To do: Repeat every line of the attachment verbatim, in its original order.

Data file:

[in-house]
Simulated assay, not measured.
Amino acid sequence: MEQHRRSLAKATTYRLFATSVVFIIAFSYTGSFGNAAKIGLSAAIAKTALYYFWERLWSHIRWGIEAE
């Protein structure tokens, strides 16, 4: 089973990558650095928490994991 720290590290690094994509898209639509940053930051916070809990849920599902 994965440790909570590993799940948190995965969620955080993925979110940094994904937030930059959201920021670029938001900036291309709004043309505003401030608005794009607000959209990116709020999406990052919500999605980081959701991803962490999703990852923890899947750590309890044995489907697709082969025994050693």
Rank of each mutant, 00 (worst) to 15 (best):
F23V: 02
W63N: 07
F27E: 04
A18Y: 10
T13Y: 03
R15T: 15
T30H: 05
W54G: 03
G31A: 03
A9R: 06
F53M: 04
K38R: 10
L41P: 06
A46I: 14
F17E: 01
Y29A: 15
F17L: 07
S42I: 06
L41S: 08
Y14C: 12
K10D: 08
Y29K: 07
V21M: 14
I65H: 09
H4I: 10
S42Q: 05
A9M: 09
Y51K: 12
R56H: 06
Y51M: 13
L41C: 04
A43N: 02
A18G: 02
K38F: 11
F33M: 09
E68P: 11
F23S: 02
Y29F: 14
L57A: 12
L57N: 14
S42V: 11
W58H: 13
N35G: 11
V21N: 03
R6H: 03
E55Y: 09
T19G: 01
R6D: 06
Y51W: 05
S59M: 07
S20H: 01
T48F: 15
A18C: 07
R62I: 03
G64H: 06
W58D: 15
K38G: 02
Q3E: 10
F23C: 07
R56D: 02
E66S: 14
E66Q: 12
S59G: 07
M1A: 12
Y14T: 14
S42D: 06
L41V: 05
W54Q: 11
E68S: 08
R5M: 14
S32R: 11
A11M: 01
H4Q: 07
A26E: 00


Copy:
[in-house]
Simulated assay, not measured.
Amino acid sequence: MEQHRRSLAKATTYRLFATSVVFIIAFSYTGSFGNAAKIGLSAAIAKTALYYFWERLWSHIRWGIEAE
């Protein structure tokens, strides 16, 4: 089973990558650095928490994991 720290590290690094994509898209639509940053930051916070809990849920599902 994965440790909570590993799940948190995965969620955080993925979110940094994904937030930059959201920021670029938001900036291309709004043309505003401030608005794009607000959209990116709020999406990052919500999605980081959701991803962490999703990852923890899947750590309890044995489907697709082969025994050693």
Rank of each mutant, 00 (worst) to 15 (best):
F23V: 02
W63N: 07
F27E: 04
A18Y: 10
T13Y: 03
R15T: 15
T30H: 05
W54G: 03
G31A: 03
A9R: 06
F53M: 04
K38R: 10
L41P: 06
A46I: 14
F17E: 01
Y29A: 15
F17L: 07
S42I: 06
L41S: 08
Y14C: 12
K10D: 08
Y29K: 07
V21M: 14
I65H: 09
H4I: 10
S42Q: 05
A9M: 09
Y51K: 12
R56H: 06
Y51M: 13
L41C: 04
A43N: 02
A18G: 02
K38F: 11
F33M: 09
E68P: 11
F23S: 02
Y29F: 14
L57A: 12
L57N: 14
S42V: 11
W58H: 13
N35G: 11
V21N: 03
R6H: 03
E55Y: 09
T19G: 01
R6D: 06
Y51W: 05
S59M: 07
S20H: 01
T48F: 15
A18C: 07
R62I: 03
G64H: 06
W58D: 15
K38G: 02
Q3E: 10
F23C: 07
R56D: 02
E66S: 14
E66Q: 12
S59G: 07
M1A: 12
Y14T: 14
S42D: 06
L41V: 05
W54Q: 11
E68S: 08
R5M: 14
S32R: 11
A11M: 01
H4Q: 07
A26E: 00